On reflection

The last year for me was one of change. I started it by reducing my hours to four days a week to balance my work and family life. This technically means I’m part-time, although it doesn’t feel like it.

The year ended with a new job. Inevitably, my local authority comms team was restructured and in December I started a new role. Same job description but a broader remit and more responsibility, effectively leading on external PR and marketing for the council and managing four people.

The step up to management was something I’d been seeking for a while (I’ve also completed hugely helpful in-house leadership and team coaching courses), so it was great to finish 2015 as leader of a small team with a fresh set of challenges ahead of us. It’s also a bit scary.

Reflecting on the year just gone, there are also regrets. I spent too much of the earlier part of the year navel-gazing about what communications is and how it needed to change, particularly in the public sector and my own organisation. I wasn’t alone. It was something of an epidemic and my last post sounded off about comms’ problem being one of thinking too much about what it should be doing and not enough just f***ing doing it.

As well as being someone who harbours regrets, I am also one who makes new year’s resolutions and – predictably – fails to keep them. In 2015, it was to read more fiction. I read one novel, one book of short stories and three comms/business-related books.

My new mission for 2016, then, is to turn talk into action. And to bloody well do it. The thing is, this time I have to.

My biggest frustration about comms, PR and marketing bloggers and commentators – with some notable exceptions – is that they say too much about what’s wrong or what, in general, we should be doing but don’t set out practical, replicable examples of how.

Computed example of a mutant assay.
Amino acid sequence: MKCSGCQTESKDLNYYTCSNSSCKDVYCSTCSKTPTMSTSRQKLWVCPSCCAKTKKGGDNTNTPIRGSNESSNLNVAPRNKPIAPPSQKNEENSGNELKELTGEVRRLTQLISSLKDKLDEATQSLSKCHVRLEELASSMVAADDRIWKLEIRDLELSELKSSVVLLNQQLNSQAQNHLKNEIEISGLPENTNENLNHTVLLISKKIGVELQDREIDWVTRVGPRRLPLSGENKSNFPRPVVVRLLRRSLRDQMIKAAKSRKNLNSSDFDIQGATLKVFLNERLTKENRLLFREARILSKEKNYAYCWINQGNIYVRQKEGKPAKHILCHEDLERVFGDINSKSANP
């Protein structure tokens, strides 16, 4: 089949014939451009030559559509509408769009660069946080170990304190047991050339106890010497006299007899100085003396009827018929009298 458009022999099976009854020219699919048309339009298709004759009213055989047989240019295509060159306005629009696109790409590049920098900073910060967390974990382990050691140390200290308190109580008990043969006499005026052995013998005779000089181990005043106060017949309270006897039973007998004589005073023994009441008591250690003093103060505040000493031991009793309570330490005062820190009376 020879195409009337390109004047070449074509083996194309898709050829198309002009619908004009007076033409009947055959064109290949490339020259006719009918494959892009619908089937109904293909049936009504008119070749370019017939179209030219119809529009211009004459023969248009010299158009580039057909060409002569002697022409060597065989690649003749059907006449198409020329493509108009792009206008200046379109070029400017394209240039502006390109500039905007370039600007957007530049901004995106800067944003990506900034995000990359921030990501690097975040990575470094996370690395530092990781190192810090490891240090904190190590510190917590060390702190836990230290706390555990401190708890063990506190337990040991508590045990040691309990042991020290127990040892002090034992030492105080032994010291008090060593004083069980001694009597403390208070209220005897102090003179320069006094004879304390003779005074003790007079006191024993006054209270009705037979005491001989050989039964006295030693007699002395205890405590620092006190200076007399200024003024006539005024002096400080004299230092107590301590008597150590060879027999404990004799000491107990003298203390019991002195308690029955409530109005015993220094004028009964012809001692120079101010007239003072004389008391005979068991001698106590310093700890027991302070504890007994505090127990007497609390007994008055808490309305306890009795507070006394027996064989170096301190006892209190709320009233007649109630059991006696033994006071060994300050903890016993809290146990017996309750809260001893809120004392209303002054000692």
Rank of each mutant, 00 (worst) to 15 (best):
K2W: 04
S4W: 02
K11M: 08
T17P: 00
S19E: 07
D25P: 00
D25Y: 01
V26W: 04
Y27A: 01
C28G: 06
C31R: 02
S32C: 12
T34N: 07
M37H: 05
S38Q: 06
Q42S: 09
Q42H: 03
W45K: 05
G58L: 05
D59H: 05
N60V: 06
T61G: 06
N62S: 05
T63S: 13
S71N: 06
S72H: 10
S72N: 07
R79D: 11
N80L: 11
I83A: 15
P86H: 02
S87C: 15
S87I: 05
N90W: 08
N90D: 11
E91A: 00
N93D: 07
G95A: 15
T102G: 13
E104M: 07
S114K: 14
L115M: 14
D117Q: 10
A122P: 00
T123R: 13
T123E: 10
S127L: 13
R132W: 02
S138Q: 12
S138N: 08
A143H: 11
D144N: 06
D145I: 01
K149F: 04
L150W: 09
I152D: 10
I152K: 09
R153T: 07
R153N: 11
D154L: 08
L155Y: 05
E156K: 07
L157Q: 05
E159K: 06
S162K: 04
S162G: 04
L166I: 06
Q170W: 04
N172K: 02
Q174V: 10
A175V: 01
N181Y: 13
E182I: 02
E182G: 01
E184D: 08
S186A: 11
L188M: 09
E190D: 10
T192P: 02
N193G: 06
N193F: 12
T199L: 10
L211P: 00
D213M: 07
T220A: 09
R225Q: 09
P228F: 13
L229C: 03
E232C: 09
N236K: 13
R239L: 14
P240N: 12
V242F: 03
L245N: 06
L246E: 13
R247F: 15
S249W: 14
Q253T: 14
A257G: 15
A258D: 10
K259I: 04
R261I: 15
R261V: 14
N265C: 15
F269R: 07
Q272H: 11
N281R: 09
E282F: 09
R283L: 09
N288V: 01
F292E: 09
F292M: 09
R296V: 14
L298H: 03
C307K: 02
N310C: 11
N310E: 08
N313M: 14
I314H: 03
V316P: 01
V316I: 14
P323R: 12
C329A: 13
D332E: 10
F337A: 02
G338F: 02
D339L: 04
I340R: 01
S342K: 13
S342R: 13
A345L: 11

What I aim to crack and, if I’m successful or not, write about here is the perennial nut of managing our communications workflow. By this I mean how we work on a campaign, project or activity end-to-end. For my own team, that means shifting our way of operating from single, loosely connected and poorly evaluated activities to a properly insight-led, outcome-based model of communcations.

This means finally achieving the long-talked-about, only partially-realised shift of our day-to-day way of working from reactive, media-led SOS (sending out stuff) to ROSIE, OASIS or whatever is the acronym du jour.

One of the big things in this for me is managing demand with a reduced resource. We must be better at saying ‘no’, pushing back and giving colleagues the permission, skills and tools to communicate better for themselves. The latter is going to need some time and effort spent on it but needs to be done.

I am also determined that we remodel our way of thinking and doing to be better project managers and properly agile in the way that digital teams and Japanese companies have been doing for years. It’s clear to me we’re behind on this – there’s still too much churning out of unevidenced, unmeasured ‘stuff’ and not enough focus on the essential end outcome.

In our team, we are trying out different web-based tools, including Trello and, moreso, Asana. The latter I feel could help us unlock something vital to help us take a clear and focussed view of what we need to achieve and how we are doing it. I plan to share my experiences with Asana and other tools out there, such as those catalogued in the brilliant PRstack website and e-books.

It’s time to do it. In a year’s time, if I haven’t, you have my permission to slap me.


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